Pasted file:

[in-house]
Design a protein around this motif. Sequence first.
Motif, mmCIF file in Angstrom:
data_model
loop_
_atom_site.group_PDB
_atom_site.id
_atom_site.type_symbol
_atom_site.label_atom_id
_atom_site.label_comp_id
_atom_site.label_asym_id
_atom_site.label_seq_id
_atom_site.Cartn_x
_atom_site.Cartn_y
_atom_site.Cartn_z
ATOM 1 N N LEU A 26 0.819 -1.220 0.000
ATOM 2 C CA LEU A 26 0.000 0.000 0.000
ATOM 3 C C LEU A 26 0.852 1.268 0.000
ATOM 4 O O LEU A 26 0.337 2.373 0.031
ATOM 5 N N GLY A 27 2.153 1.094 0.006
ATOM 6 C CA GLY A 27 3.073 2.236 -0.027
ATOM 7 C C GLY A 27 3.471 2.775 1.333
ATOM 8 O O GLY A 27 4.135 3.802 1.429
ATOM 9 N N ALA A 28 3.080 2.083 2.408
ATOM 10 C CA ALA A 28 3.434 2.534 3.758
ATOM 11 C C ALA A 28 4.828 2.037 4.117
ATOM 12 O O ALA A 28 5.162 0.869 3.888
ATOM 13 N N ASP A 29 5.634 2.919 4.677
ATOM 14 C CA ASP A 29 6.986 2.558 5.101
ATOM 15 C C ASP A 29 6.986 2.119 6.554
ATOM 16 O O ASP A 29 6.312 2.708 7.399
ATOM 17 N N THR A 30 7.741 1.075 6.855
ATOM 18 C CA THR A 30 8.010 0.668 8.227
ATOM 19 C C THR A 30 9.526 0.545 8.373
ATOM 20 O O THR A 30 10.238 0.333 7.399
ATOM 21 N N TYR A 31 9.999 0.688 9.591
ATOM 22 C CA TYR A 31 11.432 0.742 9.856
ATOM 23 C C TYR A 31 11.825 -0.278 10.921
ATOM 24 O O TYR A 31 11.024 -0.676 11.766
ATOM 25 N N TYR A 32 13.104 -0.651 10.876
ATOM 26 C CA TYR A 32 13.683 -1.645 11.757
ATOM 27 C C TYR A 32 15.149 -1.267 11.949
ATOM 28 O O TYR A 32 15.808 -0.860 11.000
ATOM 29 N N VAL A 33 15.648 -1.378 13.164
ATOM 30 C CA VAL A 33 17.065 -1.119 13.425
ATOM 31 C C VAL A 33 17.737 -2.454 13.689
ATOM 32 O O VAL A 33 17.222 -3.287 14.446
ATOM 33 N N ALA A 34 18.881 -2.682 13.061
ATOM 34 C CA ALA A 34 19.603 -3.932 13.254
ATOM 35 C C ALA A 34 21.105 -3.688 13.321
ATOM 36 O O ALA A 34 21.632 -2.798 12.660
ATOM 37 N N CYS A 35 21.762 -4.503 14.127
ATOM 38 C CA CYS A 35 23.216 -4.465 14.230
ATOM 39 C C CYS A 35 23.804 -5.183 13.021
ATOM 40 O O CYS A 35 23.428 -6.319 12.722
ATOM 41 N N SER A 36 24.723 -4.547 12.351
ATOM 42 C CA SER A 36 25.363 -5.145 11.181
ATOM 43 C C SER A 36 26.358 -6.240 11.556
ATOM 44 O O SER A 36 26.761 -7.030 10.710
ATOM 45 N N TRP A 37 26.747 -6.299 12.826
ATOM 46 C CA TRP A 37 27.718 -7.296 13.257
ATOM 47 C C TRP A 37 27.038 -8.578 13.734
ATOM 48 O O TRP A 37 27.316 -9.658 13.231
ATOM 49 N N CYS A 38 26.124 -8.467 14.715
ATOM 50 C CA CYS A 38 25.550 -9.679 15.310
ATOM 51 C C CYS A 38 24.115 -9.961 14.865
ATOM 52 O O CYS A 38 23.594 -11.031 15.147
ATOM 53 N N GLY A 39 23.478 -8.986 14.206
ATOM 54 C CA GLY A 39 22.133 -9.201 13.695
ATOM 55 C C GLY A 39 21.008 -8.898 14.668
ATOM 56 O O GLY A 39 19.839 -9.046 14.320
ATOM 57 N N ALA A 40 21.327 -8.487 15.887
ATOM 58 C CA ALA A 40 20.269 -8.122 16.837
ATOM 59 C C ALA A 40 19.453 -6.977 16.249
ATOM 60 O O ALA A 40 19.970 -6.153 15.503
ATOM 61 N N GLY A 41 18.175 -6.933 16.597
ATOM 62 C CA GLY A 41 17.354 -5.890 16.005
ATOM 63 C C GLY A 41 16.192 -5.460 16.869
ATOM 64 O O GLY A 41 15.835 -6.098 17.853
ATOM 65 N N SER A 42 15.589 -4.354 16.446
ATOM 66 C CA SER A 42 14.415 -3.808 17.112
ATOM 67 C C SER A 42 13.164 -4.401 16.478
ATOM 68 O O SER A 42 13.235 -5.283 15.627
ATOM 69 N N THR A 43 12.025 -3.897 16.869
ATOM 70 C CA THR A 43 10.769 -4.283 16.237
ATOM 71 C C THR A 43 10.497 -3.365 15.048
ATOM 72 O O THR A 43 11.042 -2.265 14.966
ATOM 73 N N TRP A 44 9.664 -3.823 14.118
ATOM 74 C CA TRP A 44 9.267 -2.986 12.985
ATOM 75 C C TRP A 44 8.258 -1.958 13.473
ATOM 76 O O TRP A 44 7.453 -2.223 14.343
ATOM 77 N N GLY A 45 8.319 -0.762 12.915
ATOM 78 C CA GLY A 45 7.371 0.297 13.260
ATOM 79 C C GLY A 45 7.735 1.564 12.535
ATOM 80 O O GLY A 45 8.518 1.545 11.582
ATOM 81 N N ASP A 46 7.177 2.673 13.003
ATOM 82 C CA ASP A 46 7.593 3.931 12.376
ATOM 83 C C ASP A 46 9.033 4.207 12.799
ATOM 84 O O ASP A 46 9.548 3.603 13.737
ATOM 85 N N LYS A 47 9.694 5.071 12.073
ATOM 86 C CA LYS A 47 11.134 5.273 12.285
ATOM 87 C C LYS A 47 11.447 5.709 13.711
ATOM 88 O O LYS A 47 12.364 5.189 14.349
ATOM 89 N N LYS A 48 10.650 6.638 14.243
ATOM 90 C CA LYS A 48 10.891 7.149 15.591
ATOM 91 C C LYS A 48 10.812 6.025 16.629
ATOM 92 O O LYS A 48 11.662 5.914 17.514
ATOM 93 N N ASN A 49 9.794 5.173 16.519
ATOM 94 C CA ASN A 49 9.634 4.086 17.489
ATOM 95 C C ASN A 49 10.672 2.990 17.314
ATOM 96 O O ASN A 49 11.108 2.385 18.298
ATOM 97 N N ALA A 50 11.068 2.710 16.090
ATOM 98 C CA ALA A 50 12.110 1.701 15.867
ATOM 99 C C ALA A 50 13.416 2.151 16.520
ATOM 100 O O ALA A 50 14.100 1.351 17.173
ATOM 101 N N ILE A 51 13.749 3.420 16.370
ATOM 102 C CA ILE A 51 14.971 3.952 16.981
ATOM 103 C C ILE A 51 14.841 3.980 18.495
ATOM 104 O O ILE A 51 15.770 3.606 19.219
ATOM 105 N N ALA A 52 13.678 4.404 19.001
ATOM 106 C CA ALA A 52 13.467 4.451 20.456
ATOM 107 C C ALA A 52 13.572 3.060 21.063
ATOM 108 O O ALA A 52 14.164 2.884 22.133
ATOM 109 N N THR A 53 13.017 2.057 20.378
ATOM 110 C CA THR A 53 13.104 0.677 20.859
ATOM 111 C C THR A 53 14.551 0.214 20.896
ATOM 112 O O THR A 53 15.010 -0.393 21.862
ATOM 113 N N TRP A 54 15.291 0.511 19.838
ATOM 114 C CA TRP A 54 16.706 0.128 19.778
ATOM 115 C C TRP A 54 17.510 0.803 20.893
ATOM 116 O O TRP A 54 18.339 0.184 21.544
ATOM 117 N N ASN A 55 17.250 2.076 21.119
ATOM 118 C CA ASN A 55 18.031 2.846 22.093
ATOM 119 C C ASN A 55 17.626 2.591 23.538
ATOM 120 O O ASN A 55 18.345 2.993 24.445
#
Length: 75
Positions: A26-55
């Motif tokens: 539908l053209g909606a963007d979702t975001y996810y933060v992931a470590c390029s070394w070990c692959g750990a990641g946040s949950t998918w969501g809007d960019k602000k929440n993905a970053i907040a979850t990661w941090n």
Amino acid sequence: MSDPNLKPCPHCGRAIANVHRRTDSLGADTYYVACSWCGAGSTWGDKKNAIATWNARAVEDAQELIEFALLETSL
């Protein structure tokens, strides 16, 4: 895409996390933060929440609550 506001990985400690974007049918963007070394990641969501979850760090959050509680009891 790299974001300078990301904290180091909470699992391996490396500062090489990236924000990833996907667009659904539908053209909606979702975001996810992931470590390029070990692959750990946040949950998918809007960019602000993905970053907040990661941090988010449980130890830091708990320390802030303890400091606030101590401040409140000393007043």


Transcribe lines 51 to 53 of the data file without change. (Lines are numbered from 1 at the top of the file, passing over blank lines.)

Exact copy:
ATOM 36 O O ALA A 34 21.632 -2.798 12.660
ATOM 37 N N CYS A 35 21.762 -4.503 14.127
ATOM 38 C CA CYS A 35 23.216 -4.465 14.230